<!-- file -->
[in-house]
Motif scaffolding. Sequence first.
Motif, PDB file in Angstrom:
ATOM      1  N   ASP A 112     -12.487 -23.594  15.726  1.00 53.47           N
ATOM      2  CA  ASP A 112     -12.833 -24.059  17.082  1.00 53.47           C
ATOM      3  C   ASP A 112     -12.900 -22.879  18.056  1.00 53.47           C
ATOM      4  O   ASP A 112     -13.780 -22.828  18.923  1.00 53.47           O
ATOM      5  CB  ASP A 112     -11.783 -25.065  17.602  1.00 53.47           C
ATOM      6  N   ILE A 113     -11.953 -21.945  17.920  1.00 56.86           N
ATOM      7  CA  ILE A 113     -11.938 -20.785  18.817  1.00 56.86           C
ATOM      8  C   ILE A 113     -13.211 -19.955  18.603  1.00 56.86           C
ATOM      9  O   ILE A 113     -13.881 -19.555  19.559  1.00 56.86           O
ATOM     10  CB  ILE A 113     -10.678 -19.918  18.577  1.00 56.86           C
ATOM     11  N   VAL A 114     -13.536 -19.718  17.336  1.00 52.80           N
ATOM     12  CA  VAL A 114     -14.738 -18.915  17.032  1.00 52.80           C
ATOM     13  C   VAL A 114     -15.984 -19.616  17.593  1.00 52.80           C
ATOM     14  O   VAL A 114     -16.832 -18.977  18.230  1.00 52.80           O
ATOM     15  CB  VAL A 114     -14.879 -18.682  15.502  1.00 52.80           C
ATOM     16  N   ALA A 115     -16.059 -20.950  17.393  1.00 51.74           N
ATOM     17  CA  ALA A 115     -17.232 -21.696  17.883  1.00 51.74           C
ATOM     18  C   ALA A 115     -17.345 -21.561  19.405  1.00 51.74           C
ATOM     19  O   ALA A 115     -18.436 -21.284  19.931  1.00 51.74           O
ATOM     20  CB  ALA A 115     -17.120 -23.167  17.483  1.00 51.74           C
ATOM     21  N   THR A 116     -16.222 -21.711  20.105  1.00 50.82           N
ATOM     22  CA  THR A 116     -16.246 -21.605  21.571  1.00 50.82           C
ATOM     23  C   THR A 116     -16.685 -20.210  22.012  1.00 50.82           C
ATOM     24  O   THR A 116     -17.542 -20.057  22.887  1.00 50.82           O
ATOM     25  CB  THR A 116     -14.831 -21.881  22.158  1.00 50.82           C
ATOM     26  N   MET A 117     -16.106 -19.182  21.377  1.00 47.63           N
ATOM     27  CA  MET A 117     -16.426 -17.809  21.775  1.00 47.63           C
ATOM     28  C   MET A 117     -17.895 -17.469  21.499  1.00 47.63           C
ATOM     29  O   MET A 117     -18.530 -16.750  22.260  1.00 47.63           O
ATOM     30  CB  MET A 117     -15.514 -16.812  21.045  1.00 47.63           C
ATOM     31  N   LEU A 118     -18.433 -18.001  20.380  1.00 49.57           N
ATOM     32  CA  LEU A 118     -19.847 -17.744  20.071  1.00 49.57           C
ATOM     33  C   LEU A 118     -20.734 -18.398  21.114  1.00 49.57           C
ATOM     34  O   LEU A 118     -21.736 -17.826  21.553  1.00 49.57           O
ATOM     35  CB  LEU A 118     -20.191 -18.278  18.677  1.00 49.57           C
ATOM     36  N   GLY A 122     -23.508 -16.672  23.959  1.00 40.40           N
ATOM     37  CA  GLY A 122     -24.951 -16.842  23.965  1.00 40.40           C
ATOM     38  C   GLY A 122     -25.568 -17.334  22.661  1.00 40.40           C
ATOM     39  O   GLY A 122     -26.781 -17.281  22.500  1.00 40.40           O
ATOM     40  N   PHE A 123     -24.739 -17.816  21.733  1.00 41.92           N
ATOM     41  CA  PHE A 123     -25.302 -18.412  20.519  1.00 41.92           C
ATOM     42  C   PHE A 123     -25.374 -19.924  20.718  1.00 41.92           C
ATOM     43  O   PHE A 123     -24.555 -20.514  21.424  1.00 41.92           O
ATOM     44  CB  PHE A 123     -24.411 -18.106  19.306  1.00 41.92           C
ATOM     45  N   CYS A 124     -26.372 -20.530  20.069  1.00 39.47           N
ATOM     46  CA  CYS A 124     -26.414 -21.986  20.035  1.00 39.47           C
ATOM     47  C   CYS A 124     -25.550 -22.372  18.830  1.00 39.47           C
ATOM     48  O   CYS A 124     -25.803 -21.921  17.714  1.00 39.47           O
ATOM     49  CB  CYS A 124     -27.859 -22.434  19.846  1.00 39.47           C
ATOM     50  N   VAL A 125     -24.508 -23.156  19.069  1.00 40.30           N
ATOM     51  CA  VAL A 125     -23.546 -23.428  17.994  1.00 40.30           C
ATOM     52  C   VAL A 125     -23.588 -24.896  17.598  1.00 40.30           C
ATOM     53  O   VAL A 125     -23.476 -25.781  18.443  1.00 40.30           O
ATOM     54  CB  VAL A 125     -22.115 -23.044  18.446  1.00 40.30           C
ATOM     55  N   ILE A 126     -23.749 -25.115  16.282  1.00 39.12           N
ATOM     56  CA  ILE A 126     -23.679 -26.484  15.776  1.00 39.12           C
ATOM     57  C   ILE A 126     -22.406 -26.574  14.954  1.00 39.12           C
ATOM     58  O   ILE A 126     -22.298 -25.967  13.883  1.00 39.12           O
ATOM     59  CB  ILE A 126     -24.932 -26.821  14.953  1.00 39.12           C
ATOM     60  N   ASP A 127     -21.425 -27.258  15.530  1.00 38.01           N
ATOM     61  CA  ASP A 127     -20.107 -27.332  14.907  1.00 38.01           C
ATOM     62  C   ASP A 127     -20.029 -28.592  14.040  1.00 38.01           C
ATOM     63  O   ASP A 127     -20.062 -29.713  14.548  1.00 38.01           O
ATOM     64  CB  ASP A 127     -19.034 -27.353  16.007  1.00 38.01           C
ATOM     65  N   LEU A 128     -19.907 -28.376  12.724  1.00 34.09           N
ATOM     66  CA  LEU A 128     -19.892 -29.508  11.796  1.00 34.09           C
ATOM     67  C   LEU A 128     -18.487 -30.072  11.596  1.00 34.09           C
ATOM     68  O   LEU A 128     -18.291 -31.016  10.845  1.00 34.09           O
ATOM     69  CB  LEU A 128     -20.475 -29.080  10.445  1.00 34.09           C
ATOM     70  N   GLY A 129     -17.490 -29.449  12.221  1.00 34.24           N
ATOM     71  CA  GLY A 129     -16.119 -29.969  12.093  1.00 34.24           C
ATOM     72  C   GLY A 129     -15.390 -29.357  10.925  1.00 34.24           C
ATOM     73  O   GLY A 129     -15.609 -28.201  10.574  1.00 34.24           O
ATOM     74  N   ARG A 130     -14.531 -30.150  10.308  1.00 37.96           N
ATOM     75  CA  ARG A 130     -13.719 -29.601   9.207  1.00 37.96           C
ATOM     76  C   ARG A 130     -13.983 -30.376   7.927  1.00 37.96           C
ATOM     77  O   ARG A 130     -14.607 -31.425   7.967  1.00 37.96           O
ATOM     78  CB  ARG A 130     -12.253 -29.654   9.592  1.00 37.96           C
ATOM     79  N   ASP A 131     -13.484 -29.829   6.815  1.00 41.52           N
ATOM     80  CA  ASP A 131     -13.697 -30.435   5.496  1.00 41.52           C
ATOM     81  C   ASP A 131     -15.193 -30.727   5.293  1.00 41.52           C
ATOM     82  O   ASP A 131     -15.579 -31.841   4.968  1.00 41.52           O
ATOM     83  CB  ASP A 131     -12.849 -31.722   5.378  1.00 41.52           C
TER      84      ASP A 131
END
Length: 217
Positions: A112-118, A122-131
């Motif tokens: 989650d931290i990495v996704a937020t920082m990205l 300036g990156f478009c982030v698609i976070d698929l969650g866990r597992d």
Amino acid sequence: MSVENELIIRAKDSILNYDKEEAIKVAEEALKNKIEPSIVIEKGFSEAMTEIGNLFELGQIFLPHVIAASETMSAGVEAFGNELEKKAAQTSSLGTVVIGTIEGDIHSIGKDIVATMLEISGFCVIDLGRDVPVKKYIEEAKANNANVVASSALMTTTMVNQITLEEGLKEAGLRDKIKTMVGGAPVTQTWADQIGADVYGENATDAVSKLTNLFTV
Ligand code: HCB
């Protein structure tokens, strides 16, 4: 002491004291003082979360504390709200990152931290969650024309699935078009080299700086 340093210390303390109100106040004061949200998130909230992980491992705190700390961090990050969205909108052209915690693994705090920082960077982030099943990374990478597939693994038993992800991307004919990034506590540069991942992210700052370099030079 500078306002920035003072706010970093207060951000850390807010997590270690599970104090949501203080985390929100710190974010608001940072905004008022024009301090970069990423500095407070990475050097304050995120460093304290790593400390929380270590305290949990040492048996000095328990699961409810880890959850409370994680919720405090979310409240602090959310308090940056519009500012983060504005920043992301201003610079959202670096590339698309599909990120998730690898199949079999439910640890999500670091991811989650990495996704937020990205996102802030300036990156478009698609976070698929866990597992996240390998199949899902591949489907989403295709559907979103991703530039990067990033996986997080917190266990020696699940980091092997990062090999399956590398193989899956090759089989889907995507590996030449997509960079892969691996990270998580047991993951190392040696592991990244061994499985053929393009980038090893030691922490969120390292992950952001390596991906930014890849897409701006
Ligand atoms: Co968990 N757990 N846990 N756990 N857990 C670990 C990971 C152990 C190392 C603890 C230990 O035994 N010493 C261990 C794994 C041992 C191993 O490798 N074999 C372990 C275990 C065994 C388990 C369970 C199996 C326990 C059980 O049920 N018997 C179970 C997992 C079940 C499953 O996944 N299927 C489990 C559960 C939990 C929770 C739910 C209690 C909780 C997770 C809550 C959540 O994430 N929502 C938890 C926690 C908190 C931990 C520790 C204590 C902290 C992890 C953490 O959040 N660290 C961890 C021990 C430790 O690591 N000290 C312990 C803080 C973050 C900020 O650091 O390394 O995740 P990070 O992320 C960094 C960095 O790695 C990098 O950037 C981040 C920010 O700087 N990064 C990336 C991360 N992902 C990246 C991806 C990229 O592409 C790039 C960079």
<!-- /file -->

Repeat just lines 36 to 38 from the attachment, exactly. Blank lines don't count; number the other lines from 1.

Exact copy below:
ATOM     33  C   LEU A 118     -20.734 -18.398  21.114  1.00 49.57           C
ATOM     34  O   LEU A 118     -21.736 -17.826  21.553  1.00 49.57           O
ATOM     35  CB  LEU A 118     -20.191 -18.278  18.677  1.00 49.57           C